Two years of W3C participation

It’s already been over two years since I joined the W3C’s Accessible Platform Architectures (APA) Working Group. Time flying has pretty much been the nature of my involvement with APA, as it has been most welcoming and lots of fun.

This article describes the aspects of the group’s work in which I’ve been involved, some of the group’s wider projects, and how work gets done in W3C generally. I hope this will give you a flavour for what getting involved might be like. If you’re interested in contributing (which can be done in many ways, small and large, ad-hoc or over time), there’s some info on that below, too.

Here are some of the things we’ve been up to.

Accessible gaming

Banner display from a W3C event welcoming attendees to a Workshop on Web Games

Back when I joined APA, W3C was planning a workshop on web games, and the organisers were keen to ensure that accessibility was prominently considered. With the support of the group, I authored a position paper, building on previous research projects and benefiting from some great feedback from industry experts in and outside the APA group.

Ours was one of two accessibility-focused papers accepted, and representing APA and TPGi at the web-games workshop was thoroughly enjoyable and educational. After the workshop, I continued technical work on web-game accessibility, and I was invited to write up those developments for 24 Accessibility.

Specification review

APA’s mission is to ensure that web specifications support people with disabilities. We achieve this by supporting the relevant working groups and reviewing documents. I performed accessibility reviews of the latest changes to the HTML standard (2019 HTML review; 2020 HTML review). This involved working with the WHATWG, which has also been welcoming and appreciative of contributions—and I’m looking forward to making more.

Day-to-day activities

We often review documents APA is working on as well as proposed W3C working-group charters to work out the type of contact and support that APA should offer to the new group. I’ve also been taking minutes in APA meetings, which are conducted through teleconferencing and IRC.

Here are the documents and charters I’ve co-reviewed:

Personalization

Recently I joined the Personalization Task Force within APA. This team is creating ways for web authors to convey the purpose and meaning of their content so that it can be adapted in many different ways. The current focus is on specific cognitive barriers and people who communicate with symbols, and the task force’s focus will be gradually expanded over time. This is very exciting stuff, because it could—will!—pave the way to a much more tailored web that meets users’ needs in far more dynamic ways than what’s currently possible, and I’m thrilled to be involved.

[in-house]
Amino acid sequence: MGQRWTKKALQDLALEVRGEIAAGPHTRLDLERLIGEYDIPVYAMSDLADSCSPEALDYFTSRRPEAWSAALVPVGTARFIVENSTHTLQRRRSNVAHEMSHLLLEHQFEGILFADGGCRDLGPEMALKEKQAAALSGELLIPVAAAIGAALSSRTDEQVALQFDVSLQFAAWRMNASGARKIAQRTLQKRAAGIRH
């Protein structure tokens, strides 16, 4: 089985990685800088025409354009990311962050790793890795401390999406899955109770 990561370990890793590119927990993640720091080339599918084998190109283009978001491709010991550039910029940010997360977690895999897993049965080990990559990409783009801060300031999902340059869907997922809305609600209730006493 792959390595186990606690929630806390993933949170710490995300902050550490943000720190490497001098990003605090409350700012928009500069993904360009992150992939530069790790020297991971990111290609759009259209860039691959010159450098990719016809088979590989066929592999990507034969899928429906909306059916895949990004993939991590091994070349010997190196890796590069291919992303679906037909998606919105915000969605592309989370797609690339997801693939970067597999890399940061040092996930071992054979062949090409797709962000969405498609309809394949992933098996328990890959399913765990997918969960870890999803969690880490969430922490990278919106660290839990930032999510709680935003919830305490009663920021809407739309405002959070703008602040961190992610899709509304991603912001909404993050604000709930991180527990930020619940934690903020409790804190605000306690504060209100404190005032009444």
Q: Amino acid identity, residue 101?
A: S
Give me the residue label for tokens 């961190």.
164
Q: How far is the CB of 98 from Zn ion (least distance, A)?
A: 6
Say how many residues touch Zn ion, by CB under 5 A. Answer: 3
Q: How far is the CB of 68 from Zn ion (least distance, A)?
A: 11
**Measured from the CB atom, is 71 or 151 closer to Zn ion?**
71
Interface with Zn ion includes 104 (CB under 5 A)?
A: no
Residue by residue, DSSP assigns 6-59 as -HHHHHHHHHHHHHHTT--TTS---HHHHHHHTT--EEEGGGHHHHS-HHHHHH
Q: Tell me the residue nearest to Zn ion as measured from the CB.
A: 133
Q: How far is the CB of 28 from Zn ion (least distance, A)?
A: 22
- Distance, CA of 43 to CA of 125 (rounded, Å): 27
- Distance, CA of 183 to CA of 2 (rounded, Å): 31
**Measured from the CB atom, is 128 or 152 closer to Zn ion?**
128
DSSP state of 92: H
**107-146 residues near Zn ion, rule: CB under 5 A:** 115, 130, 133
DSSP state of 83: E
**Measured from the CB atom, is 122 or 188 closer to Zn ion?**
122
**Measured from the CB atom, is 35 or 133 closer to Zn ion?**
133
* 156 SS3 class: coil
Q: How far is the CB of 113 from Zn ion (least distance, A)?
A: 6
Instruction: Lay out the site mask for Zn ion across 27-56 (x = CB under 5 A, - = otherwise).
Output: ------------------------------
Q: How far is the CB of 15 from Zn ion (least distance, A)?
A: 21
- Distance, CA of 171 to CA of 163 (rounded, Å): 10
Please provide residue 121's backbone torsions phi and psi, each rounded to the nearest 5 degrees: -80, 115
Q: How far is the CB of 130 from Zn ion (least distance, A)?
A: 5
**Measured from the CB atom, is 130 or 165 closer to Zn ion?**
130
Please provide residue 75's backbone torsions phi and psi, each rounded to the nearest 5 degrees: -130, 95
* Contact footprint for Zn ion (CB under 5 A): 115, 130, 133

So far I have started making a basic prototype and test suite to help us anticipate some issues that people implementing the spec might face, so that we can make any needed tweaks or clarifications to preempt those issues.

The overall work is split into different modules, and the first of these is soon to reach its next stage of publication, where we seek wide review from the community before it’s finalised as version 1.0. So expect to hear more about this in the future, because your input is vital. You can find more links relating to personalisation in the next section.

I’m already learning a great deal from a very welcoming and constructive group of experts from several different industries and backgrounds. The work started several years back, and it comes out of a vast array of experience, both technical and in practice with users. We’re excited about the future, and we’re excited by what you’ll do with the opportunities offered by this approach.

How W3C works: in the open

I think two things about how W3C works are particularly cool.

Everything is developed, discussed, and decided in the open. (Some decisions, such as moving a document closer to being an official recommendation, are made by members only, but the process is conducted in the open.) Work-in-progress research and documents are public. There are regular (generally weekly) members-only calls to coordinate work, and their minutes are also public. Tools used include mailing lists; teleconferencing; IRC; custom database-backed web apps and GitHub. There are also yearly members-only face-to-face meetings and many workshops and other public events as needed (and the planning for those is done in the open, too).

Further, everything is done highly collaboratively. Contributions are welcome from everyone, and community involvement is highly sought after and encouraged. There are community interest groups, set up to be less formal, and galvanise interest on specific topics; these groups may either turn into working groups, or feed into their work. Within any particular group, people are keen to identify issues that need to be resolved, and to contribute what they can to help the group make progress.